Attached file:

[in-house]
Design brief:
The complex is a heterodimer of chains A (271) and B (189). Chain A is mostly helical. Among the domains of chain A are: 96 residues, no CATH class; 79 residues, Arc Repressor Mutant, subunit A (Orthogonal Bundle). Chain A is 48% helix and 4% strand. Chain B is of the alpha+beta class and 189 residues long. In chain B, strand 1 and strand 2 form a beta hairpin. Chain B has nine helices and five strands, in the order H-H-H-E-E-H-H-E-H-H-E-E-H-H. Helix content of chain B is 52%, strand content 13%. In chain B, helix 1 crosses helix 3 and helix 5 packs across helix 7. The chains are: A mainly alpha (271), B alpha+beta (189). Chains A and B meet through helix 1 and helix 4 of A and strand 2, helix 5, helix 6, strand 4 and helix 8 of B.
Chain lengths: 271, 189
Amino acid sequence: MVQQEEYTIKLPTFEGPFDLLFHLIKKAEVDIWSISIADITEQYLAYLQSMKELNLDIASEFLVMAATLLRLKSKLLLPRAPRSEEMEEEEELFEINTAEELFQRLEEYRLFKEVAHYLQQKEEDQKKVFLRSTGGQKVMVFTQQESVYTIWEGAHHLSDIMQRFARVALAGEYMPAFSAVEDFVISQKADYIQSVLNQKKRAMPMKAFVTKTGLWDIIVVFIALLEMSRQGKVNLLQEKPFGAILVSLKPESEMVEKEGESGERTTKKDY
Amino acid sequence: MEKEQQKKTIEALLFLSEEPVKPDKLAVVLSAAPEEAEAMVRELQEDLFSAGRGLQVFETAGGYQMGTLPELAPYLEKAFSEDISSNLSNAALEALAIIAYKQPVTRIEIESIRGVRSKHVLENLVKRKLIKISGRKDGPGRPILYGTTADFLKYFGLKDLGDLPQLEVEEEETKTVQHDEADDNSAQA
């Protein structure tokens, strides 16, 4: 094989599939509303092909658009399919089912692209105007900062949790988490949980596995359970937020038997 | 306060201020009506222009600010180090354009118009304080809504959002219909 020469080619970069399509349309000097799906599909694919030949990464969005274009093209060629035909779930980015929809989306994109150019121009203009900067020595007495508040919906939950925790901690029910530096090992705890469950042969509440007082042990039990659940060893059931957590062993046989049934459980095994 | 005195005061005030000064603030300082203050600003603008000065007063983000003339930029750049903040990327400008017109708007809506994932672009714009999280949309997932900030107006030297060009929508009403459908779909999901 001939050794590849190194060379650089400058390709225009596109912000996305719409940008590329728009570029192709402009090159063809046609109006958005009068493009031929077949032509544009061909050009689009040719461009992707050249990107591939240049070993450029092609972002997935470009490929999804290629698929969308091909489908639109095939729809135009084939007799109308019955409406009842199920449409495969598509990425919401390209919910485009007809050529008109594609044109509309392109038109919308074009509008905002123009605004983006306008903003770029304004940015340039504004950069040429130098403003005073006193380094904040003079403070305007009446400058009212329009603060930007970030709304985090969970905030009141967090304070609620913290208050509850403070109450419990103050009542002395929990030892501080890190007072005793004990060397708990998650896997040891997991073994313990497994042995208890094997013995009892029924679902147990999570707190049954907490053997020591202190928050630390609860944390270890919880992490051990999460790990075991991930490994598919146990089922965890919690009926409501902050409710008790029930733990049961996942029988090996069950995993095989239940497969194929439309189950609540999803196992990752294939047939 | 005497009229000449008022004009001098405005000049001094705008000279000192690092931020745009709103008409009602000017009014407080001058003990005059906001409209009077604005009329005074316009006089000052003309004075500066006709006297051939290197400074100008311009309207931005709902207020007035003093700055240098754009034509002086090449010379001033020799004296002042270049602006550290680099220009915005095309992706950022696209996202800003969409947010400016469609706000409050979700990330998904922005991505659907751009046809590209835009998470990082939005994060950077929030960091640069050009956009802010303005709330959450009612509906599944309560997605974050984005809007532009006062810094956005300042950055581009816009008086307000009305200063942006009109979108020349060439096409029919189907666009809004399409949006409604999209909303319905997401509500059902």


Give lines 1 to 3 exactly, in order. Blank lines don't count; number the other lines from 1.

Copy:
[in-house]
Design brief:
The complex is a heterodimer of chains A (271) and B (189). Chain A is mostly helical. Among the domains of chain A are: 96 residues, no CATH class; 79 residues, Arc Repressor Mutant, subunit A (Orthogonal Bundle). Chain A is 48% helix and 4% strand. Chain B is of the alpha+beta class and 189 residues long. In chain B, strand 1 and strand 2 form a beta hairpin. Chain B has nine helices and five strands, in the order H-H-H-E-E-H-H-E-H-H-E-E-H-H. Helix content of chain B is 52%, strand content 13%. In chain B, helix 1 crosses helix 3 and helix 5 packs across helix 7. The chains are: A mainly alpha (271), B alpha+beta (189). Chains A and B meet through helix 1 and helix 4 of A and strand 2, helix 5, helix 6, strand 4 and helix 8 of B.